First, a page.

Fruit and Vegetables To Buy Organic For Baby
Pureed fruit and vegetables are best for weaning baby on to solids. Mindful Mum lists the most important items to buy organic, based on the pesticide residues of fruit and vegetables sampled in the UK by the Government and assessed by the Pesticide Action Network (PAN UK).
Among the many valuable services PAN UK provides is the Pesticides On A Plate guide which looks at the issue of pesticides in our food chain. Since 2005 PAN UK has used the Government’s Pesticide Residue Committee quarterly reports for monitoring pesticides food from retailers in the UK. In 2006 approximately 40 different foods were tested with a total of 3,562 samples analysed.
Of the non-organic fruit and vegetables from UK tested , these had the highest pesticide load, making them the most important to buy organic versions – or to grow organically yourself:
- Soft Citrus, e.g. mandarins (167 samples – 100% had pesticide residues)
- Citrus e.g. oranges, lemons & limes (512 samples – 91% had pesticide residues)
- Pears (1066 samples – 76% had pesticide residues)
- Strawberries (283 samples – 70% had pesticide residues)
- Bananas (161 samples – 70% had pesticide residues)
- Apples (1239 samples – 59% had pesticide residues)
- Speciality Beans (70 samples – 76% had pesticide residues)
- Salad, baby leaf (70 samples – 74% had pesticide residues)
- Celery (137 samples – 69% had pesticide residues)
- Potatoes* (1082 samples – 35% had pesticide residues)
* Note I have included potatoes in the top 10, despite potato chips and pre-packed salads having greater pesticide residues, due to Mum’s being more likely to feed weaning babies potatoes rather than potato chips or raw salads.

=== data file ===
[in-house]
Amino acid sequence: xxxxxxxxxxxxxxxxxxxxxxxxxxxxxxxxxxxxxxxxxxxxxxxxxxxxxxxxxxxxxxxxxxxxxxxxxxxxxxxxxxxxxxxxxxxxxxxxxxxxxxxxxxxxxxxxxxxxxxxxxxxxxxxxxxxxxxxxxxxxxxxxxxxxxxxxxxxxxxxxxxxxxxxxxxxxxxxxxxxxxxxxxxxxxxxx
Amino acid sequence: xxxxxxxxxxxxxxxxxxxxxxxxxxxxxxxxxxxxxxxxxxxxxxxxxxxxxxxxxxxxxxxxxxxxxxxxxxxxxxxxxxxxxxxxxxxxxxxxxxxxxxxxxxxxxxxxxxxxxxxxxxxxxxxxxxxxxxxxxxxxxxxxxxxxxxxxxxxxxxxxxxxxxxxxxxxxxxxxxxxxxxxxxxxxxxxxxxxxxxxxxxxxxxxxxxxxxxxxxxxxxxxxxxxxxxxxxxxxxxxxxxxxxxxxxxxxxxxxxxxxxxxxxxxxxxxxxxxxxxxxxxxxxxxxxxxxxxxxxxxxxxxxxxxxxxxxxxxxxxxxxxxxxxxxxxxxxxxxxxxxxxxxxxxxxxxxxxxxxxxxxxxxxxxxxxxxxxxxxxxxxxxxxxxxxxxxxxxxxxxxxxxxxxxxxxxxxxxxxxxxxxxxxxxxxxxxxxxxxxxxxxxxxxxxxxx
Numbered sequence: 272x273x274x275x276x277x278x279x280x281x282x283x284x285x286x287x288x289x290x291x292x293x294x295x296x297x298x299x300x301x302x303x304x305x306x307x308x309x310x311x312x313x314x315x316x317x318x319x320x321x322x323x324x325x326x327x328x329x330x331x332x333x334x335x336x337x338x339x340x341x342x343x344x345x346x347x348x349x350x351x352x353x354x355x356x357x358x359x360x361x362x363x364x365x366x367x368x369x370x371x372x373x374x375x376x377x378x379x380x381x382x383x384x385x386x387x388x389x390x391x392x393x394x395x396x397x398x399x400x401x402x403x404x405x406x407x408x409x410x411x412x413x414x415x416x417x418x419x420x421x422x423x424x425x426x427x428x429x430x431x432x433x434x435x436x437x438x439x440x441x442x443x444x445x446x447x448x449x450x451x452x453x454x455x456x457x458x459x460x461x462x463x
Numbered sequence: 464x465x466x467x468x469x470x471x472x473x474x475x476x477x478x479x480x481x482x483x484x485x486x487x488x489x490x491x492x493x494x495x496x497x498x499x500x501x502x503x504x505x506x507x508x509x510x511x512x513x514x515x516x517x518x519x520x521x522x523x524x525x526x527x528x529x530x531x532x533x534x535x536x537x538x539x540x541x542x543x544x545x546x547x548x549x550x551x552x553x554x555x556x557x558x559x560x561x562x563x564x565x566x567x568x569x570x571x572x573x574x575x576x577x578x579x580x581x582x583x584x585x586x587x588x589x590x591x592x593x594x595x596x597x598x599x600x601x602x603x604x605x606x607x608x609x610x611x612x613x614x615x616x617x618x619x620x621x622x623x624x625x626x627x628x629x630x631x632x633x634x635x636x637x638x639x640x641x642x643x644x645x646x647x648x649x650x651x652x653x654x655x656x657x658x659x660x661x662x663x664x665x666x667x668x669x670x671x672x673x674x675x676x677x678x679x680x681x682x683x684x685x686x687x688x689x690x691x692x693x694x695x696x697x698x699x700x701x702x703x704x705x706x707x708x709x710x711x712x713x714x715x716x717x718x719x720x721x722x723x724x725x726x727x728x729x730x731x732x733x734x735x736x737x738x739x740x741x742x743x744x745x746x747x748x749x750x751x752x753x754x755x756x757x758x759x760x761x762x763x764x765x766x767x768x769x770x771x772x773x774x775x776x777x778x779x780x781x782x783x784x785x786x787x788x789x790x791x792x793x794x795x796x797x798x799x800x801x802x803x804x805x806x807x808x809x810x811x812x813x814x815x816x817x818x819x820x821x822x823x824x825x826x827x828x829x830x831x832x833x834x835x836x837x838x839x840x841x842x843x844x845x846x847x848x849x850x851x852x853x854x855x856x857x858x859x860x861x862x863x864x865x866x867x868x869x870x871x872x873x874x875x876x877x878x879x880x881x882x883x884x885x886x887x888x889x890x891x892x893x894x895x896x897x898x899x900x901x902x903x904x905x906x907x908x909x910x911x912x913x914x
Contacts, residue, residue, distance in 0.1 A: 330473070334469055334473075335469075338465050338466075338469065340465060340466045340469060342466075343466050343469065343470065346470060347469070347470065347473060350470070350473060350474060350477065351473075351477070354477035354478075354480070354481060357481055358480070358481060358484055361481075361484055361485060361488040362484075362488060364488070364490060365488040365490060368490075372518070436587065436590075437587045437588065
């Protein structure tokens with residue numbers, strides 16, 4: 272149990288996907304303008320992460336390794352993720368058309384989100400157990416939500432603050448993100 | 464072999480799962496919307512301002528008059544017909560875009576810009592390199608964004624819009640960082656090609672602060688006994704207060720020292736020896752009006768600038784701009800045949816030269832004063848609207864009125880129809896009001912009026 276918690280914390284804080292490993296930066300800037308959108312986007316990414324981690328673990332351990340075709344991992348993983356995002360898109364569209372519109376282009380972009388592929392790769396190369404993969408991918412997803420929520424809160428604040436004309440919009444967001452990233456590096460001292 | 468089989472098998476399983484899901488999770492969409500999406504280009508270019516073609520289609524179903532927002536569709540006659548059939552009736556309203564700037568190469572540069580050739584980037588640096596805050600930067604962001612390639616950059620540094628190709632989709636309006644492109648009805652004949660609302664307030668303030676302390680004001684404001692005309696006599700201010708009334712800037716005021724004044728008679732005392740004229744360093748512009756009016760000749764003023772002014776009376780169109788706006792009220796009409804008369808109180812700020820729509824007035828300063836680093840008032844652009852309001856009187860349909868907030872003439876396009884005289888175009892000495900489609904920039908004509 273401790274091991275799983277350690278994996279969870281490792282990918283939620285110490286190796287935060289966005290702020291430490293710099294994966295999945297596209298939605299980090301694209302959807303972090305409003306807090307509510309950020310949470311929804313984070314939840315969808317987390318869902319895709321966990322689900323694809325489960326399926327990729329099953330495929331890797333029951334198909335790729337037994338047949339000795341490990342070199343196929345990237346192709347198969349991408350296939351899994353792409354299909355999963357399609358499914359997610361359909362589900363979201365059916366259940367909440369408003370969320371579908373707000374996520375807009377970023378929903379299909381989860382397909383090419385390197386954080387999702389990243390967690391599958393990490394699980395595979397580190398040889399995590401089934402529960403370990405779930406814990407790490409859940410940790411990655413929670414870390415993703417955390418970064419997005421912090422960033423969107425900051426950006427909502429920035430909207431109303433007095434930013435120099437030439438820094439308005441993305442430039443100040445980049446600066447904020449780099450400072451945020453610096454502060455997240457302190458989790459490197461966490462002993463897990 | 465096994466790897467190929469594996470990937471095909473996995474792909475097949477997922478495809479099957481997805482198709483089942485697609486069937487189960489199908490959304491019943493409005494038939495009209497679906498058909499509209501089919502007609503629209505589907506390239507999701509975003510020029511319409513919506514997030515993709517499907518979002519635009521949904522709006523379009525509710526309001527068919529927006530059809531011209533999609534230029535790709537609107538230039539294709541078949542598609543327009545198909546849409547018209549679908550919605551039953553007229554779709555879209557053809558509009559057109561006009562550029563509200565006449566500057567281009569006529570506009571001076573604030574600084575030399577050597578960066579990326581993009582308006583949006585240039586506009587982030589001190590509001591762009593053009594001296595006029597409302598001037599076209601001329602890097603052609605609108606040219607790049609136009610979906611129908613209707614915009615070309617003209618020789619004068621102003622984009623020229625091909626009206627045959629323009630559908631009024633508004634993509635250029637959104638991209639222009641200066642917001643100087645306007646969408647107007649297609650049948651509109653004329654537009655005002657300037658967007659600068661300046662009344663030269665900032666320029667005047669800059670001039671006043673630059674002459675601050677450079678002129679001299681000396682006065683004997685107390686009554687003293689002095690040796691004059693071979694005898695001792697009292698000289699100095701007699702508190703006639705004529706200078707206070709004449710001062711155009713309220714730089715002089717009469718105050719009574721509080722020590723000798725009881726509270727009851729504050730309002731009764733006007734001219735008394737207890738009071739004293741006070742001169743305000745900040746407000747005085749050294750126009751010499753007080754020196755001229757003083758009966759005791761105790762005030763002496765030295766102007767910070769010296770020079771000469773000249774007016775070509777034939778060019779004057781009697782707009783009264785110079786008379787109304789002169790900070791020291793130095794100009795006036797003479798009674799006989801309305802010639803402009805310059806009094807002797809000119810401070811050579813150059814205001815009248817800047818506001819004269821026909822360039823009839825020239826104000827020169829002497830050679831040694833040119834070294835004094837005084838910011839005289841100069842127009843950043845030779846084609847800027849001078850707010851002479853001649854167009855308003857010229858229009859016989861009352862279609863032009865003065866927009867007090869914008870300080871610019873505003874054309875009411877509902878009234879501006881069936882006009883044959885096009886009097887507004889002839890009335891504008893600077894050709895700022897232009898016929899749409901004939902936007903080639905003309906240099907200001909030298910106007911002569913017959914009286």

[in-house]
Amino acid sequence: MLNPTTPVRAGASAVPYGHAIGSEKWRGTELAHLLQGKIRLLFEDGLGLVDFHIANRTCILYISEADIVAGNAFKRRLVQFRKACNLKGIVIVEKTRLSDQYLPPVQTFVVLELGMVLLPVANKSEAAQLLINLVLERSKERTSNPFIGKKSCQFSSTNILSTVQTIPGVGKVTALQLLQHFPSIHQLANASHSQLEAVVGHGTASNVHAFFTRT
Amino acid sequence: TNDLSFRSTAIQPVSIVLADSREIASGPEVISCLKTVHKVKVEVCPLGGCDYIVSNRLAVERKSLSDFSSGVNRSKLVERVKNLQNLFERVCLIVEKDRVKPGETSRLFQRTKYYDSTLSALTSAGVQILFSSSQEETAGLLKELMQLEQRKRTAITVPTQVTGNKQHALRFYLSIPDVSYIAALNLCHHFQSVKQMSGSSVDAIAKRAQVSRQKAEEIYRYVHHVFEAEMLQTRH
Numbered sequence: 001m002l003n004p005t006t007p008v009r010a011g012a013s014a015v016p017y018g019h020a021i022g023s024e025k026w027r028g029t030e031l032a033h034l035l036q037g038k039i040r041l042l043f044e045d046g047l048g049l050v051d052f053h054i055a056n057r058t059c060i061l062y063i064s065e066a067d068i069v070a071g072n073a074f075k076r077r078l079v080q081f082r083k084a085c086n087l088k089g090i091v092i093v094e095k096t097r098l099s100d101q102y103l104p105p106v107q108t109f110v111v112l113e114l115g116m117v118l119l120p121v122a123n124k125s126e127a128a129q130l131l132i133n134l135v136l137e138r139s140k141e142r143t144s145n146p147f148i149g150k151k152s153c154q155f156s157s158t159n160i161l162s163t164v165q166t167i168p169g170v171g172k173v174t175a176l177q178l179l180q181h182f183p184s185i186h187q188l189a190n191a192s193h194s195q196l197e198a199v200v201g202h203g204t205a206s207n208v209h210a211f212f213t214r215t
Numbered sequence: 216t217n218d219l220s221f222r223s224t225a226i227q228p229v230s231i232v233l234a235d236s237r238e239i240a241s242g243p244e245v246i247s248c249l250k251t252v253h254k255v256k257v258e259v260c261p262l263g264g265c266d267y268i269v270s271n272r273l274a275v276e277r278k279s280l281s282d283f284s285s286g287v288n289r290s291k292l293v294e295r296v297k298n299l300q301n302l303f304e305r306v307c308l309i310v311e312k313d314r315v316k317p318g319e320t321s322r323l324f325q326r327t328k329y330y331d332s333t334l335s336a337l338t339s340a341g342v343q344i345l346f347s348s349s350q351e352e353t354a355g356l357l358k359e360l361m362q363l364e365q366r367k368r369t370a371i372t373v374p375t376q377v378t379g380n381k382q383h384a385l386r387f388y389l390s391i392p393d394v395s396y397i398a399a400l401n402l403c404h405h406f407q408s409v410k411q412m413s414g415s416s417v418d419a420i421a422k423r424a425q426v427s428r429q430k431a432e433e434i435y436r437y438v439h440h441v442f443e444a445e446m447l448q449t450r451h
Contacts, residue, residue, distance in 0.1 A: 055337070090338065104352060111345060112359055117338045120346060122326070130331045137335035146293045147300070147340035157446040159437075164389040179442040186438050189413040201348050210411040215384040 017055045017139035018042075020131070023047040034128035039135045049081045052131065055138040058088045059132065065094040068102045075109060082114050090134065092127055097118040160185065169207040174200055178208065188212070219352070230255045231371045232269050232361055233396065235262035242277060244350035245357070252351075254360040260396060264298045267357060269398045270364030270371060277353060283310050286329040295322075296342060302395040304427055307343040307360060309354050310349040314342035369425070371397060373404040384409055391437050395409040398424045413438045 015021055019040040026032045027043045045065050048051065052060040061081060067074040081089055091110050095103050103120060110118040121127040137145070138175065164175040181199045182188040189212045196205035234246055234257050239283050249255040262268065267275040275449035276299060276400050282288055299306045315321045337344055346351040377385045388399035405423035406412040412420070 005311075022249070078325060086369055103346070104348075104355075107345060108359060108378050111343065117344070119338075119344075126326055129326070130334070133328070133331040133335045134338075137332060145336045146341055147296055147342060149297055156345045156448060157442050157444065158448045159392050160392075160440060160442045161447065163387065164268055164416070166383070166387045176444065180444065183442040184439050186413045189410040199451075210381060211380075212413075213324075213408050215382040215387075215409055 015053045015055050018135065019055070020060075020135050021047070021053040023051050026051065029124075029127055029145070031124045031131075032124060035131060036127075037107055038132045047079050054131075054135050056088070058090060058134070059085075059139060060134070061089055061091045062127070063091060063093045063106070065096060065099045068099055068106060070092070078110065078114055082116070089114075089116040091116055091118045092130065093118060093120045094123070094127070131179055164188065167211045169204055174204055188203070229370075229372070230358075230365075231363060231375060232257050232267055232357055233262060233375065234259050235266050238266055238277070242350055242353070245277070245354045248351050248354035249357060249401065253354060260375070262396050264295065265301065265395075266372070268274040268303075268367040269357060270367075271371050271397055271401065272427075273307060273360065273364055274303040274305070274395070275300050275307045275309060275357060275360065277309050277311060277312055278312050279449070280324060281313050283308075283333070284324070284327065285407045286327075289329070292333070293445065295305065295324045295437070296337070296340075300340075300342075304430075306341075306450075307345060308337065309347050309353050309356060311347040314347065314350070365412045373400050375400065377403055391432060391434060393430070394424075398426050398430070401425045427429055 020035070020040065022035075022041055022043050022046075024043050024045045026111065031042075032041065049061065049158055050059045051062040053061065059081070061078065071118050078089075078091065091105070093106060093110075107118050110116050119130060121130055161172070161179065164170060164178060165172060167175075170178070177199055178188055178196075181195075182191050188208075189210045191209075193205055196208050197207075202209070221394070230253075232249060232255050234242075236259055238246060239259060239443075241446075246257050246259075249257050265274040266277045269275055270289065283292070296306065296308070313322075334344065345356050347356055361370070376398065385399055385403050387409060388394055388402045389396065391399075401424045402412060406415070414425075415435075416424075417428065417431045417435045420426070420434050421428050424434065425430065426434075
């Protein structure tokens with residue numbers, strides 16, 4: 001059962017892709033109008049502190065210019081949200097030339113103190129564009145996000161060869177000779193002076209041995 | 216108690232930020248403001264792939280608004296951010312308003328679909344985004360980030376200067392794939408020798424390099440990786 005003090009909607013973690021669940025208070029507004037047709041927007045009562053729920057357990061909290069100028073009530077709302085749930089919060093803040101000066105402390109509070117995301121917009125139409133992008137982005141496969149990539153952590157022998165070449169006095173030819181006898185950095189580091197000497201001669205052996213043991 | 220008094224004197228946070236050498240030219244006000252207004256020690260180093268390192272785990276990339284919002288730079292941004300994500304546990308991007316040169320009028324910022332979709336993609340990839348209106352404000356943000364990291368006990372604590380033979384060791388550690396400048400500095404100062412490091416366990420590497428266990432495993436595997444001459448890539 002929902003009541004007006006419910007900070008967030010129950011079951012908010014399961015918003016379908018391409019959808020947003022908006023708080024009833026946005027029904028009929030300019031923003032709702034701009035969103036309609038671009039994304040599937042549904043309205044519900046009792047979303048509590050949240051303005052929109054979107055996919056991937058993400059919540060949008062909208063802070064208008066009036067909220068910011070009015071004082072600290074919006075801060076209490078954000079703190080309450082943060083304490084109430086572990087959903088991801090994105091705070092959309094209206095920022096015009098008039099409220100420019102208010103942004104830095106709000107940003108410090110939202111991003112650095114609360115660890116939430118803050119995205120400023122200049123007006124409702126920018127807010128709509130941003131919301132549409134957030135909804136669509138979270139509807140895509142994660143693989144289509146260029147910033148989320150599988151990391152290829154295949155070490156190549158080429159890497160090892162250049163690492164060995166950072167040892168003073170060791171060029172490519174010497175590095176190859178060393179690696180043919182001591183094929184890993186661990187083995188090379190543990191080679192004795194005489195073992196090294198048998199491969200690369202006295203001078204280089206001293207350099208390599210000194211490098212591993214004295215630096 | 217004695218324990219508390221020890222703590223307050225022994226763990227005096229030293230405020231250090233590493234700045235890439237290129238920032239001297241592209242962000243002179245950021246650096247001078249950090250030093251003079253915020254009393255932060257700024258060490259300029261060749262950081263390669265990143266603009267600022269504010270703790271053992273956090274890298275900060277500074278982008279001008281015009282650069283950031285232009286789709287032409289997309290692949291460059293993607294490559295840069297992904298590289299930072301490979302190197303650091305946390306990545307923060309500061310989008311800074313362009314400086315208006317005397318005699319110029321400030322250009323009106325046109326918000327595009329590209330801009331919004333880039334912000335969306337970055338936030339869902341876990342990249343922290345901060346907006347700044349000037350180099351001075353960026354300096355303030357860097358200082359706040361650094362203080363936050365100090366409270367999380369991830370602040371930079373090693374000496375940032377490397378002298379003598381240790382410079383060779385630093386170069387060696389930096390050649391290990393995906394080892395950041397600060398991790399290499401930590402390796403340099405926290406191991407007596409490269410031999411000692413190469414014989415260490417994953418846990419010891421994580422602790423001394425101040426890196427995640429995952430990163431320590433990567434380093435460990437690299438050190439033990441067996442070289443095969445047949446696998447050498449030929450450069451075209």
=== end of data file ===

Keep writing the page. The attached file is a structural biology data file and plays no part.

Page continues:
Whilst some of the fruit and vegetables above may be peeled before consumption (e.g. citrus and bananas) their pesticide residues indicate a high level of pesticide use, resulting in exposure of workers within the food chain and environmental contamination. In an ever increasingly inter-connected world, Mums are mindful of their children’s health and the health and well being of families directly involved in the production of their food. Pesticide and herbicide use contaminates groundwater, ruins soil structures and promotes erosion.
Why is it important to think about pesticides before you buy? Both PAN UK and the US based Environment Working Group (EWG) highlight a growing consensus among scientists that small doses of some pesticides and other chemicals can cause lasting damage to human health, especially during fetal development and early childhood.
About PAN UK
PAN UK is the only organisation in Britain dedicated to raising awareness of the problems with pesticides. PAN UK is part of a global network. PAN UK works closely with partners in developing countries, where pesticide problems are sometimes far worse. In developing countries there are as many as three million poisonings and 20,000 deaths each year from pesticide incidents.
Among it many valuable services, PAN UK has achieved a ban on lindane, established the Africa Stockpiles Programme and increasing the use of organic cotton in the UK, increased availability of disposal facilities for household pesticides in the UK and strengthened the international commitment to deal with pesticide hazards.
To avoid confusion when shopping, here is another list with the foods you don’t need to buy organic